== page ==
The show’s MCs, the wise-cracking Rocket Ships (rocking neon green/black lingerie and teased pigtails) and new team member Evan Von Doomstein, looking slick in a suit and combed mustache, welcome the audience to feast their eyes on Sinister Shabzzz, Harley Quin, and Foxy Highroller, each posing in their own spotlight while Scarlett la Rosa, the troup’s fearless leader and director, circled them with a whip as the evening’s Ringmistress.

The first half of the show was full of inspired performances, including: Ariel Wolf’s inventive routine in a white gown of balloons, popped one by one by a peacock-feathered quill; Scarlett la Rosa’s sultry rendition of Peggy Lee’s “Fever” concluding with a triumphant drag of a cigarette; Bella Boop transporting us all to Burning Man with an impressive display of neon hula-hooping in her awesome horned demon outfit.

Around this point Von Doomstein appropriately asked the crowd if anyone was willing to share their drugs, and received one whistle. Selfish bastards.

Sinister Shabzzz took the stage in a black corset and pink heart pasties as a spellbinding black metal siren looking for her “pussy,” who subsequently returned in the form of Harley Quin wearing a cat costume and purring. I have friends whose first crushes were anthropomorphic animated bunnies and cats who would replay their heart-warming exchange over and over, with even less clothing in mind. Shanlita Bandita then  sizzled in a pink onesie, guiding Von Doomstein to a chair and giving him a private dance, if you ignore the bar full of ogling people. My friend leaned in and whispered, “The irony of paying to watch another guy get a lapdance.” Shanlita stole a flask from her mark’s pocket and proceeded to rob him at gunpoint, requesting he strip to a leopard-print thong, to the delight of the scowling guys stationed in front of him. Come on guys, you could do worse, and you probably have. If anything, this routine, apart from being incredible fun and slyly humorous, should also inspire some guys to come open their wallets when lapdances are available.
Spanx Sinatra then sang a song possibly titled “Creep,” which was not a Radiohead cover, but a brutal and totally deserved skewering of cheap, shady, disrespectful tools that occasionally wander into Pumps. She has natural ability that just dazzles and transforms any space she inhabits into a high-class speakeasy. Sasha Berkowitz danced to Marilyn Manson’s “Dope Show” (guessing her name was inspired by Daisy Berkowitz a bit) with makeup that invoked either a seductive clown or the sidekick we all wish The Crow had. With chains draped from her black collar to her negligee bracelets, she had my favorite outfit of the night. Heidi Glum, dubbed “Supermodel of the Underworld” and dressed like a 60s pin-up homemaker, steered the show to its intermission, where Kill ‘Em All-era Metallica had me drumming on the bar top while Kat and Vanessa, the establishment’s amazing bartenders, served up cold drinks with corsets and a smile.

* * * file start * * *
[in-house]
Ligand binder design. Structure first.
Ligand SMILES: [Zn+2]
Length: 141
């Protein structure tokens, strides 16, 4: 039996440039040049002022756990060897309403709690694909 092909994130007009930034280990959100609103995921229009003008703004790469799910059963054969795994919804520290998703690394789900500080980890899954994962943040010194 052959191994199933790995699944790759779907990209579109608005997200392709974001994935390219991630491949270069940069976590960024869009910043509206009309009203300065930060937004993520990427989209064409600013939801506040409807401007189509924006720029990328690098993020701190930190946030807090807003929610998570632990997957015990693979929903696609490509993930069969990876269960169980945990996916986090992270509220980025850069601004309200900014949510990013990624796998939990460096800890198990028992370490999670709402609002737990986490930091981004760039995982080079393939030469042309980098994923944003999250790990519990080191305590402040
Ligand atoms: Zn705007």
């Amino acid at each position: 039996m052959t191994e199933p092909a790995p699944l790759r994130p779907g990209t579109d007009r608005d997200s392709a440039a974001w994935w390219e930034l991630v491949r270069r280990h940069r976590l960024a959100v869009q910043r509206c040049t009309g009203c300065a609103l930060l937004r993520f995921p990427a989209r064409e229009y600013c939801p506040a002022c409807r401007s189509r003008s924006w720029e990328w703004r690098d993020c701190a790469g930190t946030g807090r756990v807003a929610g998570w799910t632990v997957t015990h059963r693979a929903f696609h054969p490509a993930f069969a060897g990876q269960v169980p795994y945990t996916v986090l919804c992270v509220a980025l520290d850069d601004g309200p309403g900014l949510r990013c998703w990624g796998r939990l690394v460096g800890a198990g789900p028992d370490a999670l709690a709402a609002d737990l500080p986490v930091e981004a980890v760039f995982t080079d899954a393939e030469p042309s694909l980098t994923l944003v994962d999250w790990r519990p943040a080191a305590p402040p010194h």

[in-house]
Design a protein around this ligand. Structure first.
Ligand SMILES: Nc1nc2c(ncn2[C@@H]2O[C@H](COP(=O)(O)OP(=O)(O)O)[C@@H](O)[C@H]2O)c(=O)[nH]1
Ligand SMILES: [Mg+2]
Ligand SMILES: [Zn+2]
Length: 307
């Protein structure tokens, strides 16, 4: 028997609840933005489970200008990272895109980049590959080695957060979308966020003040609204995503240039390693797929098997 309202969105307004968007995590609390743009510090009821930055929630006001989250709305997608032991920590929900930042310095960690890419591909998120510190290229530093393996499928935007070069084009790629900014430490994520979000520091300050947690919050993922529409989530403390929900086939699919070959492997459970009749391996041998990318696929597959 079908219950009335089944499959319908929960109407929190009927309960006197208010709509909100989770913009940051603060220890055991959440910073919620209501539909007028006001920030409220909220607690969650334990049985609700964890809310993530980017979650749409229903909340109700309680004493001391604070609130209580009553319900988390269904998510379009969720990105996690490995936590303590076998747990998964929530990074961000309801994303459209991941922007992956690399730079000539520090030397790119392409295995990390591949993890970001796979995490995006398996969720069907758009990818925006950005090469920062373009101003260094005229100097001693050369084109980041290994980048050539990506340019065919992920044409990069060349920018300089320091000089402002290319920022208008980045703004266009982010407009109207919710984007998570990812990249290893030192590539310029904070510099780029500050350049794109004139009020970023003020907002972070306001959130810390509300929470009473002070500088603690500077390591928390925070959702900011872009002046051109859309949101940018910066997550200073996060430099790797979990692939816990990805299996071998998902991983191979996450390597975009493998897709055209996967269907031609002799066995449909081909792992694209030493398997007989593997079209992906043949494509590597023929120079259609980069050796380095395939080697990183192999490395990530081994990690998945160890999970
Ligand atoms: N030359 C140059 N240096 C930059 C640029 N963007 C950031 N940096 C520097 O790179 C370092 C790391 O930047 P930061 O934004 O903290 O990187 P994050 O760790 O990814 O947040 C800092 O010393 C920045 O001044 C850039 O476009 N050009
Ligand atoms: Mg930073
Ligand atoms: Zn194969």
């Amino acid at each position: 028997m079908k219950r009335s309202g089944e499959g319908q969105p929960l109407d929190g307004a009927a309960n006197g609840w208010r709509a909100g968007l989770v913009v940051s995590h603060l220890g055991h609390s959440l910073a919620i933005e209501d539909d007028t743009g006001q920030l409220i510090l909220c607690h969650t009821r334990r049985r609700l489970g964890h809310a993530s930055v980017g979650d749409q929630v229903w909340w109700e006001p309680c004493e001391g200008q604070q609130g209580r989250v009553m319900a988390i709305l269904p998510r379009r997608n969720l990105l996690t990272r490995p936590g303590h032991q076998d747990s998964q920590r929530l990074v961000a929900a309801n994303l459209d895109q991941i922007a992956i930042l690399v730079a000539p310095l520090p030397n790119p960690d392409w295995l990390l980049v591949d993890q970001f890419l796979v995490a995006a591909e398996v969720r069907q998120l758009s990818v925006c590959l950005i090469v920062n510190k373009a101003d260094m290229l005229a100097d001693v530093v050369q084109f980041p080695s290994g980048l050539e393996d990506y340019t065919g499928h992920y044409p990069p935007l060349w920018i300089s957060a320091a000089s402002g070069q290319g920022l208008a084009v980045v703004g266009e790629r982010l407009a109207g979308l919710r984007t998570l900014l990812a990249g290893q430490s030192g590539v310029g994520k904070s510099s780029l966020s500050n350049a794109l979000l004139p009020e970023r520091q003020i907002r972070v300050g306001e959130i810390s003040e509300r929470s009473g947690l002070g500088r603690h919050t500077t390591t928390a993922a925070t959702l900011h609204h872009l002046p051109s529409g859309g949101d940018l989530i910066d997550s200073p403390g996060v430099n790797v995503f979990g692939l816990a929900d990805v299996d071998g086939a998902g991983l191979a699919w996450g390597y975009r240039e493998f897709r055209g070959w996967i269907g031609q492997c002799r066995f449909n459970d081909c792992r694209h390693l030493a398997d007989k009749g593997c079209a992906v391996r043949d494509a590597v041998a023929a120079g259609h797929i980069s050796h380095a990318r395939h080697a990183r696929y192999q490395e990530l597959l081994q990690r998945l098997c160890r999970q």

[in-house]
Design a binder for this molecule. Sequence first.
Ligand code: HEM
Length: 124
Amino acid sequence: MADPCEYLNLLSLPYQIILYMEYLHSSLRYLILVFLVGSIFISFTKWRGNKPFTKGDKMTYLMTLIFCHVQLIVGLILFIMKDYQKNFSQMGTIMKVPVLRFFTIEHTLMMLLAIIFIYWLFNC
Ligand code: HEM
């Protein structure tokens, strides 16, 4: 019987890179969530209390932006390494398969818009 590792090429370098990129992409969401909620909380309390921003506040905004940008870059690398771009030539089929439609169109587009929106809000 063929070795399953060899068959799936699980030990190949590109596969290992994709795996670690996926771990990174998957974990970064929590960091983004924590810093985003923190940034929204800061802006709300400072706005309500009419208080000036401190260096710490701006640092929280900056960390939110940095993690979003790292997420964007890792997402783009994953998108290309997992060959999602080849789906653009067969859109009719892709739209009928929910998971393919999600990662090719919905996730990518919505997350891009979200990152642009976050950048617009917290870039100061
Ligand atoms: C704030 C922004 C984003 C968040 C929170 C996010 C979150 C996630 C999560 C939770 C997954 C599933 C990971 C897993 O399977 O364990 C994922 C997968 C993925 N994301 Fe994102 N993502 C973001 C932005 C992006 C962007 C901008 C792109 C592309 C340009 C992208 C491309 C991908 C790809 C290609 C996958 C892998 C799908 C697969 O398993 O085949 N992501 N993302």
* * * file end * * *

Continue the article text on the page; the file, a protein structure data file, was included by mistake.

Act Two, and Scarlett la Rosa is knocking ‘em dead again with her smooth voice and her white boa, draped over black & white bra top. Rocket insists that the audience is “Ten years younger and 20% more cancer free” after hearing Scarlett’s voice, and I have toa dmit it’s a pretty damn good tonic. Shanlita then downs half of a bottle of some anonymous liquid while donning a gol leopard-print dress. The audience thought it might be water, someone verified it’s not. My money’s on absinthe. Whatever it was, she sought escape near Dom, from Air of Ants, hiding in the shadow of his keyboard.

The performance of the evening may go to the tag-team rendition of “Don’t Tell Mama” that the lovely Ivy Nyx, Spanx Sinatra, and Scarlett la Rosa unleashed on the crowd. There was a huge reaction as each of them dared the other to sing louder and with unparalleled amounts of charisma and sass, and holy shit were each of them up to the challenge. I don’t have many notes written because I was applauding and throwing money in a nearby top hat, but in my notebook I have written down: HUGE. That could be describing the applause, their voices, their busts, or perhaps I glanced down at my own crotch.

Foxy Highroller made her Pumps Pin-Ups debut and was fantastic, pole-dancing to Radiohead’s “Talk Show Host.” With a rose-print dress, cigarette holder, and tattooed wings, she looked like she was floating and enjoying high society at the same time. Ivy Nyx was kind enough to grace us with another sing, belting out “Hit the Road, Jack” while Sinister Shabzzz brought howls and hollers from the crowd with her patented vertical split against the pole, which sounds less impressive than it looks. Seriously, watch that shit in person and tell me that pole dancing isn’t an art and a sport at once. The music wasn’t finished, as Spanx Sinatra sang one of my favorite songs ever, “Dream a Little Dream of Me,” with support from Jerry, an unfairly talented clarinetist who made that instrument sing and scat with impossible dexterity. I played the clarinet for years and it was one of my favorite moments of the night.